I wrote the story below for an essay competition during the summer, I had no luck, but I liked it so I thought I’d share it with you. I hope you enjoy.
(Feedback always welcome)
If You Loved Me
#shortstories #daretobelieve #dreambig #keepwriting
The coffee is cold, it’s been cold for over an hour, but the kitchen is warm, watery sunshine sending shards of light across the marble counter top. I know the coffee is cold, I know the dishwasher is full and I know there’s fruit rotting in the fruit bowl, but I’m stuck, stuck listening to the sounds of the house, stuck holding it all together, stuck putting on the brave face, stuck in this house, our house. The ticking of your grandmother’s clock in the hall way, the creak of the third step on the stairs, the sound of Murish, the terrier next door, losing the plot, because Mary is gone to work again and hasn’t taken him for his walk. This is our house, not mine, the countertop is white marble because you convinced me it had more ‘longevity’ than the black and of course you were right, but this is our house and I’m left wondering if you ever loved me?
The postman came about a half hour ago, a pile of envelopes are sitting on the mat inside the front door, there’s at least four cards, if the envelopes are anything to go by and a few bills, they’ll be in your name, the cards in mine as those people will know, but I’m stuck, stuck at the counter with my thoughts and my questions. How long will the bills with your name keep coming? How long will I constantly be reminded? Do I need to phone someone to make it stop? What do I even say? Yesterday’s post made it as far as the hall table, I think today’s can stay where it is, I’ll deal with it tomorrow, or maybe the next day. The rotting fruit might take precedent today. You’d kill me, I can hear your voice in my head, ‘post on the mat and decaying pears in the bowl!’ And then you’d tussle my hair and smile. You would be serious and I couldn’t help but do as you wished. God I loved you, but I wonder now if you loved me?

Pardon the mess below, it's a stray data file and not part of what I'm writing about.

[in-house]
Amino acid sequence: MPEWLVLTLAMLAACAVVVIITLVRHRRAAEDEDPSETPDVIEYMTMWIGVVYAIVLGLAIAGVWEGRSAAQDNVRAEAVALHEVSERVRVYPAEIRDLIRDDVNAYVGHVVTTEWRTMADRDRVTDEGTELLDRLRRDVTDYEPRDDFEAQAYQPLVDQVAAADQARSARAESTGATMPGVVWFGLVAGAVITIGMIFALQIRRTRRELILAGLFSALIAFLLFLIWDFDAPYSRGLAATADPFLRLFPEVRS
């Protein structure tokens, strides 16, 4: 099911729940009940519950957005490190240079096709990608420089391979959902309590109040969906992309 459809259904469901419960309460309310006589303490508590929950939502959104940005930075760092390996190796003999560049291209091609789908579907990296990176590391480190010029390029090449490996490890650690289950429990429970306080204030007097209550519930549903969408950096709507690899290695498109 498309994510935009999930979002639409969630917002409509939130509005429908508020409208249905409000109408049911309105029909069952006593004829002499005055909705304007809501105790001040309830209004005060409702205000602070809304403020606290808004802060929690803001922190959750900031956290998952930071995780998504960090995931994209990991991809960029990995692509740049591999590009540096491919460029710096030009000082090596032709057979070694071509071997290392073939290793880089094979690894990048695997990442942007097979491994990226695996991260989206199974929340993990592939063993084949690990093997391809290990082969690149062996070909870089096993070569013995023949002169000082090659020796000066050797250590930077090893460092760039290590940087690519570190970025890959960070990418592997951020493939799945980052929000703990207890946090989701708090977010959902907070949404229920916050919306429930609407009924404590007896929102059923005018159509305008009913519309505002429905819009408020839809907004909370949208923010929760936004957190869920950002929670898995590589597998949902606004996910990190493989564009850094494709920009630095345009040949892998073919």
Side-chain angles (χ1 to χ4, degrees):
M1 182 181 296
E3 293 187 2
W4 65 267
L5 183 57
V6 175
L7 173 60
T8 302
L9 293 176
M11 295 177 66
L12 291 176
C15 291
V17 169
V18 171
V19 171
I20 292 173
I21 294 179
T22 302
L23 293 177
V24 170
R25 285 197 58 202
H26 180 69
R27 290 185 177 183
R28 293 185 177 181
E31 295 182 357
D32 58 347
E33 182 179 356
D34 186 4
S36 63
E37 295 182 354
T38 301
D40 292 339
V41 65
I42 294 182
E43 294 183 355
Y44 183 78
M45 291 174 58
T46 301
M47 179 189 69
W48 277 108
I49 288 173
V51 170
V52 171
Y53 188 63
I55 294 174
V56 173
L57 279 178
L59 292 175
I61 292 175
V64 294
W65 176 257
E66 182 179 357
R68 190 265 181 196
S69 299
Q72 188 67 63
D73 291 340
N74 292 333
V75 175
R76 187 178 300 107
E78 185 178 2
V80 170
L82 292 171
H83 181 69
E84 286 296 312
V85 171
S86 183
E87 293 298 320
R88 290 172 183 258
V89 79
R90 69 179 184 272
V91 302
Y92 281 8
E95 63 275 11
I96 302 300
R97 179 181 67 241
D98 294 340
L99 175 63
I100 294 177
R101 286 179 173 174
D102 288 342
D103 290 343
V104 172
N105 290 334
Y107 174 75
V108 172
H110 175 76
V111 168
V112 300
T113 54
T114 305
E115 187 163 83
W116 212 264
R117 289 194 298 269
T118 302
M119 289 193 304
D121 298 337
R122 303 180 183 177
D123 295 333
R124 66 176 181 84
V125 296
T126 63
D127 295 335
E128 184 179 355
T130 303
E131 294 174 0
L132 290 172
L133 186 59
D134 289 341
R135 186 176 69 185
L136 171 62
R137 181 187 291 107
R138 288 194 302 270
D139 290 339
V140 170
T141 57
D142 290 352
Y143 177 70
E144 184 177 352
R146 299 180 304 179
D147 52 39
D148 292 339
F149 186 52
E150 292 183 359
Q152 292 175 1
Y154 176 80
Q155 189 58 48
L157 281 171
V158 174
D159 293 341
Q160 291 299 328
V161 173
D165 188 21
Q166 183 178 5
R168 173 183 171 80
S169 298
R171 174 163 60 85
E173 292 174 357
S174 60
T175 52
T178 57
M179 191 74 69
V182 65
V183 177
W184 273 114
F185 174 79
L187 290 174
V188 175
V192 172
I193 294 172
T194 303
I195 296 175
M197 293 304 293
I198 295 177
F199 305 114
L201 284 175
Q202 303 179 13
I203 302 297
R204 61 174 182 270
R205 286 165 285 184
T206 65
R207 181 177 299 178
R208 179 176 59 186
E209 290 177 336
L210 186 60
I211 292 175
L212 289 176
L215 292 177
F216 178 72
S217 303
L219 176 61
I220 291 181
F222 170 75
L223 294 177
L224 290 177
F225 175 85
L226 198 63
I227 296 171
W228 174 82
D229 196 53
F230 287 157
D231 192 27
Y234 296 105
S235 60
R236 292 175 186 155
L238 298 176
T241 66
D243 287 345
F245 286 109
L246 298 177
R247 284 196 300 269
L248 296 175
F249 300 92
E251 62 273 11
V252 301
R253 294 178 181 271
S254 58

Funny how the small domestic chores bring the most reflection. There were your jobs and mine; ‘man’s jobs and lady’s jobs’ you used to say. The rotting fruit is just the tip of the iceberg, the dishwasher was your thing and as for the mountain of laundry… How can a man that’s no longer here still have a basket full of laundry? I scanned the house the day after, people say that they tidy up, finish up loose ends, give away precious things, a kind of goodbye. You missed that memo in your planning, the bed was unmade, the towels still on the ensuite floor and the laundry full to the brim. I contemplated tidying up in that crazy few minutes after I found you, I don’t know whether I was in shock or just crazy, but I did, I contemplated tidying up. And now I’m left thinking I was crazy and questioning whether you ever loved me?